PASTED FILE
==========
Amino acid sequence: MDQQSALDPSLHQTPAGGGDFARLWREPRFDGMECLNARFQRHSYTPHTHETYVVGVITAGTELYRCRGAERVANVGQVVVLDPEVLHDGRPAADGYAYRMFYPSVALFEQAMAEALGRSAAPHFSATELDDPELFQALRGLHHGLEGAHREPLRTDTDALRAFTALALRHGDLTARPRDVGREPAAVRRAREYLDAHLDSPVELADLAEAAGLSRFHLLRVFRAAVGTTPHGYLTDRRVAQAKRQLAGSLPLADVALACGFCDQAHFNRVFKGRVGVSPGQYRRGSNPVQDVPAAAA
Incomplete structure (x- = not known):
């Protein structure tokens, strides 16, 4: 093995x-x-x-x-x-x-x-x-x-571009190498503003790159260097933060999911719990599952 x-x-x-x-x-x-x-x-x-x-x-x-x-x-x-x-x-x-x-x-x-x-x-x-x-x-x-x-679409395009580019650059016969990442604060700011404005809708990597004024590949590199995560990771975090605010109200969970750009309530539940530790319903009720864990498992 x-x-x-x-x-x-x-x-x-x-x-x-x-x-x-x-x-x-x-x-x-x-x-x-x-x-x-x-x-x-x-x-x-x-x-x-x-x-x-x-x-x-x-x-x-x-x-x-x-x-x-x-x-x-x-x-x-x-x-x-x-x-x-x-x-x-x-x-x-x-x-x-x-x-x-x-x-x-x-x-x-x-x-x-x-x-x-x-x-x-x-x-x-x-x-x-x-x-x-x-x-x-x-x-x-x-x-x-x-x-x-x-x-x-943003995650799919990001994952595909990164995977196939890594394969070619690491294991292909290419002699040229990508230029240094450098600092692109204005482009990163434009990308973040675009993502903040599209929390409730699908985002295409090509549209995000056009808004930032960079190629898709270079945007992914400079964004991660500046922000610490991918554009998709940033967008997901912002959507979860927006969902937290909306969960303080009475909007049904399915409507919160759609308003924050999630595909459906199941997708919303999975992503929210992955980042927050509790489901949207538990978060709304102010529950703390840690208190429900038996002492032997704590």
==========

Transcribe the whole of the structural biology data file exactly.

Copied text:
Amino acid sequence: MDQQSALDPSLHQTPAGGGDFARLWREPRFDGMECLNARFQRHSYTPHTHETYVVGVITAGTELYRCRGAERVANVGQVVVLDPEVLHDGRPAADGYAYRMFYPSVALFEQAMAEALGRSAAPHFSATELDDPELFQALRGLHHGLEGAHREPLRTDTDALRAFTALALRHGDLTARPRDVGREPAAVRRAREYLDAHLDSPVELADLAEAAGLSRFHLLRVFRAAVGTTPHGYLTDRRVAQAKRQLAGSLPLADVALACGFCDQAHFNRVFKGRVGVSPGQYRRGSNPVQDVPAAAA
Incomplete structure (x- = not known):
């Protein structure tokens, strides 16, 4: 093995x-x-x-x-x-x-x-x-x-571009190498503003790159260097933060999911719990599952 x-x-x-x-x-x-x-x-x-x-x-x-x-x-x-x-x-x-x-x-x-x-x-x-x-x-x-x-679409395009580019650059016969990442604060700011404005809708990597004024590949590199995560990771975090605010109200969970750009309530539940530790319903009720864990498992 x-x-x-x-x-x-x-x-x-x-x-x-x-x-x-x-x-x-x-x-x-x-x-x-x-x-x-x-x-x-x-x-x-x-x-x-x-x-x-x-x-x-x-x-x-x-x-x-x-x-x-x-x-x-x-x-x-x-x-x-x-x-x-x-x-x-x-x-x-x-x-x-x-x-x-x-x-x-x-x-x-x-x-x-x-x-x-x-x-x-x-x-x-x-x-x-x-x-x-x-x-x-x-x-x-x-x-x-x-x-x-x-x-x-943003995650799919990001994952595909990164995977196939890594394969070619690491294991292909290419002699040229990508230029240094450098600092692109204005482009990163434009990308973040675009993502903040599209929390409730699908985002295409090509549209995000056009808004930032960079190629898709270079945007992914400079964004991660500046922000610490991918554009998709940033967008997901912002959507979860927006969902937290909306969960303080009475909007049904399915409507919160759609308003924050999630595909459906199941997708919303999975992503929210992955980042927050509790489901949207538990978060709304102010529950703390840690208190429900038996002492032997704590």